Clearly this is a healthy distinction to make. In every other part of the Mass, it is Christ primarily acting, and the priest is following His lead, conforming to His pattern. At the time of the homily, it is the individual priest who comes to the fore and acts in propria persona, since his words, his actions, are no longer precisely those of Christ—symbolized by the Latin language, the formality, the unchanging prayers, the appointed readings in a sacred tongue, the Canon or Rule which brings the entire people to the foot of the Cross on Calvary and communicates to them none other than the Body and Blood of the Lord Jesus Himself, who as true God and true man is at once the sacrifice offered, the priest offering it, and He who receives it.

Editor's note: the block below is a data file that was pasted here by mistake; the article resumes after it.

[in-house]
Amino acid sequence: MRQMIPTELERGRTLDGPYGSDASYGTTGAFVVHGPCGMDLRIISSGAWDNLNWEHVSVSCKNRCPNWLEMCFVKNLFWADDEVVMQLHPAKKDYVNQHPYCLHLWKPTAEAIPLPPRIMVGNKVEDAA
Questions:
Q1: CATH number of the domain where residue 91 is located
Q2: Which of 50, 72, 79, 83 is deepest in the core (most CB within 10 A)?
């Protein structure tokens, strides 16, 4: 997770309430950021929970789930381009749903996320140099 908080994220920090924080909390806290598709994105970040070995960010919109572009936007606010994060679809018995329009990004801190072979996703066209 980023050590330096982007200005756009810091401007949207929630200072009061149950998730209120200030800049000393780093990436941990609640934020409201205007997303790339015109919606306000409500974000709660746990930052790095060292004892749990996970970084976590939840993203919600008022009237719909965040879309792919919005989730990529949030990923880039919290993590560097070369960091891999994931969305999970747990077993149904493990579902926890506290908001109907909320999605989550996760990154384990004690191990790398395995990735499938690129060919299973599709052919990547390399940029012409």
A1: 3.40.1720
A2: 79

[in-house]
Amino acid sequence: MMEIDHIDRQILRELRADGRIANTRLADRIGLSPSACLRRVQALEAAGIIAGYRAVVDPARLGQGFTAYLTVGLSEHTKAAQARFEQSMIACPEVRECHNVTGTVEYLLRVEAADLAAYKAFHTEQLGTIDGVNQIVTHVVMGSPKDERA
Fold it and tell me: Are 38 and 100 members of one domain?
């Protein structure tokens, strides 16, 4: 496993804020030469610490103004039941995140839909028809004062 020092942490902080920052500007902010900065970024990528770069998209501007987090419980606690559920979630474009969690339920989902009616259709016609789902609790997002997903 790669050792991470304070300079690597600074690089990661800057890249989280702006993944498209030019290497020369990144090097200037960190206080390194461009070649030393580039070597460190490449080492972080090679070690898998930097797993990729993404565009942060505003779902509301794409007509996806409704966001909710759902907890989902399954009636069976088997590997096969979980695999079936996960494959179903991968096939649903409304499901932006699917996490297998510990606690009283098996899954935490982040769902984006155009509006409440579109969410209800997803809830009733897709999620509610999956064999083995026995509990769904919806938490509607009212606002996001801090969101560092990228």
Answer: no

In the new liturgy, the homily becomes too much a part of the liturgy, not only making the “liturgy of the word” balloon into something disproportionate to the liturgy of the Eucharist, but also dissolving the distinction between what Christ, through His Church, directly teaches us in the prayers and readings, and what the priest, as an individual, as a private theologian, proposes to us as an understanding of what the Church teaches. When the priest removes his chasuble and preaches with alb and stole, it is clear that he is both a man having authority and a mere man—not the very image of the God-Man offering the sacrifice at the high altar.

*          *          *